After working in and with a number of firms, he hung out his shingle as a solo practitioner in 2003 with the goal of doing more for fewer clients, with a special focus on startups, and small to midsized businesses. Over the years, his firm – and its clients – have grown. These days, although most of the firm’s clients are entrepreneurs and family-owned businesses, they also represent billion-dollar companies.
Chester’s practice areas are international business transactions, international trade; intellectual property protection, enforcement and transactions; e-commerce and Internet business; business formation and transactions, and technology transactions. Chester’s colleagues at the firm handle litigation, tax and employment matters.
As Chester looks to build the firm, he recruits partner-level colleagues who fit the innovation mindset and work ethic he has established. “My goal is for my firm to do 95 percent of the legal matters needed by a small or midsize privately held IDEA company.”
Teaching and Preparing A significant element of Chester’s independence- enabling philosophy is extending that philosophy to law students. For the past 15 years, he has been an adjunct professor of law at Baylor University Law School, teaching courses on international trade law and international business transactions. He also served for several years as an adjunct professor of Business Law at the University of Dallas.
Chester says, “Law school does not prepare you to be a lawyer any more than reading a book about hitting will prepare you to be a major league baseball player. The academics do a good job in terms of teaching research and reasoning skills, but in terms of practicality, someone from the real world needs to provide input.”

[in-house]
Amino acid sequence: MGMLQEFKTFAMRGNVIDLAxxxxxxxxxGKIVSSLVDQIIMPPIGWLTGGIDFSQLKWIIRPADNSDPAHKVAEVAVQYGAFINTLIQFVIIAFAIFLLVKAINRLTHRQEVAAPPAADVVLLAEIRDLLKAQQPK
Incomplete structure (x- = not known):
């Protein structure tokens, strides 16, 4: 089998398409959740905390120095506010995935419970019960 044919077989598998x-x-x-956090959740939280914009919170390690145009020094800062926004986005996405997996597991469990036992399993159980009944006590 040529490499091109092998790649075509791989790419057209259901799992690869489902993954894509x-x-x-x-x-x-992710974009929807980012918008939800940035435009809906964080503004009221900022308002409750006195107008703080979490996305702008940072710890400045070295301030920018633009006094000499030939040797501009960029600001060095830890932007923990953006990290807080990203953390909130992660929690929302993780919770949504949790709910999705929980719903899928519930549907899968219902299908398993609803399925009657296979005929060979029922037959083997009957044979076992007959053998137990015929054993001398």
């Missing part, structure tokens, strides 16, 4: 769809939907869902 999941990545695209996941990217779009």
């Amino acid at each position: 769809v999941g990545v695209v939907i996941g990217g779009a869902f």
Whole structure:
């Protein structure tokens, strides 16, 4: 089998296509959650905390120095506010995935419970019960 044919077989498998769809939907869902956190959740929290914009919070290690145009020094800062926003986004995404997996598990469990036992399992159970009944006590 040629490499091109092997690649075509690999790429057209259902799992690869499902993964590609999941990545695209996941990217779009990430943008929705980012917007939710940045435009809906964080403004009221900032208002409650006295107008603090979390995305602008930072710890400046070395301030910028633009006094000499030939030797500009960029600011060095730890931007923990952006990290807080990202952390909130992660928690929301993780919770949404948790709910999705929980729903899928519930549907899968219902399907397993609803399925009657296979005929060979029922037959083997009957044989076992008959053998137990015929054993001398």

“As an adjunct, I tell my students that I’m not a real professor, but I’m a real lawyer. That’s important because a lot of these students need insight into the real world of being an attorney.”
Spice of Life Like his entrepreneurial clients, it is difficult to put Chester’s intellectual and business interests into a single classification or box. In addition to his professional pursuits, Chester’s interests include tennis, fishing, reading Stoic philosophy, music, and whatever sport or activity his four children are into. “My approach to life is like that line from Kipling’s ‘If,’ ‘I want to fill each minute of my life with 60 seconds of distance run.’”
Chester combines his innovative approaches to his culinary interests by exploring and inventing a number of spice blends. One blend, “Chester’s Grillin’ Blend” has been a popular holiday gift to clients, colleagues and friends for several years. More recently, Chester invented a salsa blend that won third place in the ISC Texas State competition. His interest in spices stems from a love of outdoor grilling and barbecue – not to mention his family connections; his wife is the great-great granddaughter of Clinton DeWitt Pendery, the inventor of chile blend. In fact, Pendery’s – which has been owned and operated by Chester’s wife’s family since 1870 – produces all of Chester spice blends.
Enabling Dreams “I like to help people and to solve problems. Because of the types of clients I work with, my clients are personally invested in their companies. As such, when I draft or review a contract, I’m not just working on a document, I’m trying to protect my client from negative implications that could cost them jobs or even make them shut down. For my clients, business is personal, as well.”
In addition, through his innovative law firm business model, as well as VENUE, Chester wants other lawyers to become the lawyers they always wanted to be. “I enjoy giving other lawyers the opportunity to do the things I’m able to do – in my law practice, my other business and professional endeavors, and in my personal life. That’s the best gift I could give to my colleagues, and a professional legacy I can be proud of.”